A JESUIT ACCOUNT OF CHINA
Due lettere annue della Cina del 1610 e del 1611.
Milan, per l’her. di Pacifico Pontio & Gio. Battista Piccaglia, 1615.
FIRST EDITION (?). 8vo. pp. (viii) 221 (iii). Roman letter, occasional Italic. Jesuit device to t-p, decorated initials, typographical headpiece. Slight age browning, faint water stain to lower outer part, two little worm holes to first and last gathering, one touching a few letters. A good copy in modern vellum.
An uncommon edition of Nicolas Trigault’s two earliest, important letters from China, sent in 1610 and 1611 to Cardinal Claudio Acquaviva in Rome. Trigault (1577-1628) was a Flemish Jesuit who carried out ground-breaking missionary work in China. Inspired by the activities of Matteo Ricci, Trigault founded new missions and encouraged the translation of European works on science and religion (including liturgies) into Chinese. A portrait of Trigault in Chinese costume (now at the New York Metropolitan Museum) was painted by Peter Paul Rubens in 1617, when Trigault visited the Jesuit college in Antwerp to raise funds for his missions. The two letters in this edition were written shortly after his first arrival in Peking and contributed greatly, together with Ricci’s texts, to bring in greater knowledge of China to Western Europeans. The 1610 missive is a beautifully-written and engaging factual and anecdotal survey, in the form of a travelogue, of the political, cultural and religious situation of China, including its government (‘the King acknowledges no other God but himself’) and religious cults, and a description of the principles of the Chinese language (with ‘hieroglyphs’ which only express ‘sounds’, not vowels or consonants). The second letter is a long account focusing on the Jesuits’ ‘adventures’ during their missionary work, from their flight from a house fire to meetings with local governors, the administration of holy water to native converts resembling more an exorcism rather than a Christian ritual, and the great difficulties they faced in obtaining a burial place for Matteo Ricci in Peking. Another edition of these influential letters was printed in Rome by Bartolomeo Zannetti in the same year, but no priority has been established.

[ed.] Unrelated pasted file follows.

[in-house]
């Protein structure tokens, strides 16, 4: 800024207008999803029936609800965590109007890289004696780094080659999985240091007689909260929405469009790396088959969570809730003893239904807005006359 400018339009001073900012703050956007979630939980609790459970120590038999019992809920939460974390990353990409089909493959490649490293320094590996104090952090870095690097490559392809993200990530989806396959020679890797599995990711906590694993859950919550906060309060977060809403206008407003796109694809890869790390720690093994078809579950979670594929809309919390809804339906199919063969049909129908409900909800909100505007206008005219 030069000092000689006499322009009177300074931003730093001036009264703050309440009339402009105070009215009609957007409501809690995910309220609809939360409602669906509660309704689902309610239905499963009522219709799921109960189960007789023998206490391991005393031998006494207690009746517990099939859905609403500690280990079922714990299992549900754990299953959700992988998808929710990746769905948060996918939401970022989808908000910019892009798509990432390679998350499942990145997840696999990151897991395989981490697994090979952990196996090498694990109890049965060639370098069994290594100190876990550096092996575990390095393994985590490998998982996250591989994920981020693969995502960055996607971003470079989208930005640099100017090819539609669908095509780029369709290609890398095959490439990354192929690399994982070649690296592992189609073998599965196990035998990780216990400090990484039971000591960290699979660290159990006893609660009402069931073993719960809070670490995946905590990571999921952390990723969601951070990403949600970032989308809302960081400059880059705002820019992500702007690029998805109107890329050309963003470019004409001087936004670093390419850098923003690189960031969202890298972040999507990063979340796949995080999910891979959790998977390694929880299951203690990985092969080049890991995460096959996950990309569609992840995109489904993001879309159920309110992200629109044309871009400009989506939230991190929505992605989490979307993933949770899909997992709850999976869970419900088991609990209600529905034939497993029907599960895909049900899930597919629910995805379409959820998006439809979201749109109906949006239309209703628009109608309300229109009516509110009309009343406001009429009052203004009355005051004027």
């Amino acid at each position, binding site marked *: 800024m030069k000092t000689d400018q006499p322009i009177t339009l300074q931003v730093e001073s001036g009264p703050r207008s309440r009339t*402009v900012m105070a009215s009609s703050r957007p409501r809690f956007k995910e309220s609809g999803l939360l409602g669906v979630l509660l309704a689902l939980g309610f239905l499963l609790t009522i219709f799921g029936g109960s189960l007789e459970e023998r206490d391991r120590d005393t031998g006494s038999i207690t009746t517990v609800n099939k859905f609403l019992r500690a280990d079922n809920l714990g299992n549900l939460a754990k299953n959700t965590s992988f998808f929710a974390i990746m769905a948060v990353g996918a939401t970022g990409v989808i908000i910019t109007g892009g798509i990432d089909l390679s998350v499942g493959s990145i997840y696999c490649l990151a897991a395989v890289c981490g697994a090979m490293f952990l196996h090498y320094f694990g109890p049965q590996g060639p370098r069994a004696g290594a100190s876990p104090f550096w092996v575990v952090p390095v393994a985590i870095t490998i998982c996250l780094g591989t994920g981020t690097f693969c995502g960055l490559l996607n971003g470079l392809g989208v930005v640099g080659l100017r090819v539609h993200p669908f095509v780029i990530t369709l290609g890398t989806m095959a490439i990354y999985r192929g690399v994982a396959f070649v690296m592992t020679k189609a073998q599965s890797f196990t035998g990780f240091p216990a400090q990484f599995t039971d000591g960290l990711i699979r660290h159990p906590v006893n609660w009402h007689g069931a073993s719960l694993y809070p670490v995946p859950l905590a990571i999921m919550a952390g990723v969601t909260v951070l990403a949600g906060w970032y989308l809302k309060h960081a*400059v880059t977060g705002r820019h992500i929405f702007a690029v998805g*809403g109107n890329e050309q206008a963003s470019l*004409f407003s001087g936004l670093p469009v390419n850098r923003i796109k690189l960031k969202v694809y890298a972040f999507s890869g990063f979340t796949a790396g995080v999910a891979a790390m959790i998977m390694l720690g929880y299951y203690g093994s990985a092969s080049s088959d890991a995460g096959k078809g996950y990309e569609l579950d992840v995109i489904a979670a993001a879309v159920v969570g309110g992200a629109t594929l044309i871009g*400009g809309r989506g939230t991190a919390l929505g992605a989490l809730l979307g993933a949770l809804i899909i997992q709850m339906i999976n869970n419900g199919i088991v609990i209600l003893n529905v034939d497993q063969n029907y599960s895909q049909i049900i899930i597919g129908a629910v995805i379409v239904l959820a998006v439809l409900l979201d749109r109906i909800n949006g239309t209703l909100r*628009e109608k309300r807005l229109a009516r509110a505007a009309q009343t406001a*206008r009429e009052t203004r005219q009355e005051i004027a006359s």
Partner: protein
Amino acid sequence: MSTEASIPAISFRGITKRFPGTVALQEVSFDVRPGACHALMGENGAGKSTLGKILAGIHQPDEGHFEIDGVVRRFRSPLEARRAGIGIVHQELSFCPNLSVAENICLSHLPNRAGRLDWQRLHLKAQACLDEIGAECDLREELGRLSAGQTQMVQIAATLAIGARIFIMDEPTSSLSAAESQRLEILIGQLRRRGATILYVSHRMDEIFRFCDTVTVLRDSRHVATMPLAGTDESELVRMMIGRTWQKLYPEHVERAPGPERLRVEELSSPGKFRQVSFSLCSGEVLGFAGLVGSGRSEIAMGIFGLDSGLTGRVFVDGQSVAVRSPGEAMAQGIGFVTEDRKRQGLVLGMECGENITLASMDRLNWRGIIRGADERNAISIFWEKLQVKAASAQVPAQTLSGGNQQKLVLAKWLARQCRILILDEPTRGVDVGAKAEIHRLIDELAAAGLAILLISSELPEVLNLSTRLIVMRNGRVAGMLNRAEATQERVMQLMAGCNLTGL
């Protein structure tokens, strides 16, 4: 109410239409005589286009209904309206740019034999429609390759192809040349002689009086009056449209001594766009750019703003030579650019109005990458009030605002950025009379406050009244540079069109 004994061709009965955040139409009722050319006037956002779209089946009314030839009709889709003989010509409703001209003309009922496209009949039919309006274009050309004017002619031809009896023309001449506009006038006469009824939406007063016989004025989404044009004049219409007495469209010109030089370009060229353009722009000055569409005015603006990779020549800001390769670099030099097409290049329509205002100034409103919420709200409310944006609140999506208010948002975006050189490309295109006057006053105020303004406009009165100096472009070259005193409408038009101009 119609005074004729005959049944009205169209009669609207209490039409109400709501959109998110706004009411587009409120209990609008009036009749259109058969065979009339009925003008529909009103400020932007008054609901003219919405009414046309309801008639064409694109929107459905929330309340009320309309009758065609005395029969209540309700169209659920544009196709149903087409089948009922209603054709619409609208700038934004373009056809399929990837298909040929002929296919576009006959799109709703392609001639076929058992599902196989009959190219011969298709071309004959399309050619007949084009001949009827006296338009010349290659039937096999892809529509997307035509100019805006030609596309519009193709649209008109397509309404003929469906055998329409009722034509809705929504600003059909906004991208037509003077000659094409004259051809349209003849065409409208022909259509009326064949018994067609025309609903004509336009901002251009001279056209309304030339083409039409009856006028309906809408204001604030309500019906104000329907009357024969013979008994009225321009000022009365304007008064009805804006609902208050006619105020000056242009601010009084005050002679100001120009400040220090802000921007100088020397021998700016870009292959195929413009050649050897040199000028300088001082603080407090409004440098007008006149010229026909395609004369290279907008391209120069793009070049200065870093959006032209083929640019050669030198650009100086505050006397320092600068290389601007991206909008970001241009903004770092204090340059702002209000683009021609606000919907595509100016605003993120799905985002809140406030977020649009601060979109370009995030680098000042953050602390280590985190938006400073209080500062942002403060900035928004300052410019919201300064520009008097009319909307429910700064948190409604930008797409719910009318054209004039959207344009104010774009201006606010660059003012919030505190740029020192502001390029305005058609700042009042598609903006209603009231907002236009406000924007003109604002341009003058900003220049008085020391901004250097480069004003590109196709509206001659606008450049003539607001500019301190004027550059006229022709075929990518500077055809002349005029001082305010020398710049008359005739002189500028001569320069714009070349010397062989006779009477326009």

Newberry and Minnesota at Minneapolis copies recorded in the US.
Cordier II, 808. Not in BL STC C17 It., Brunet or Graesse.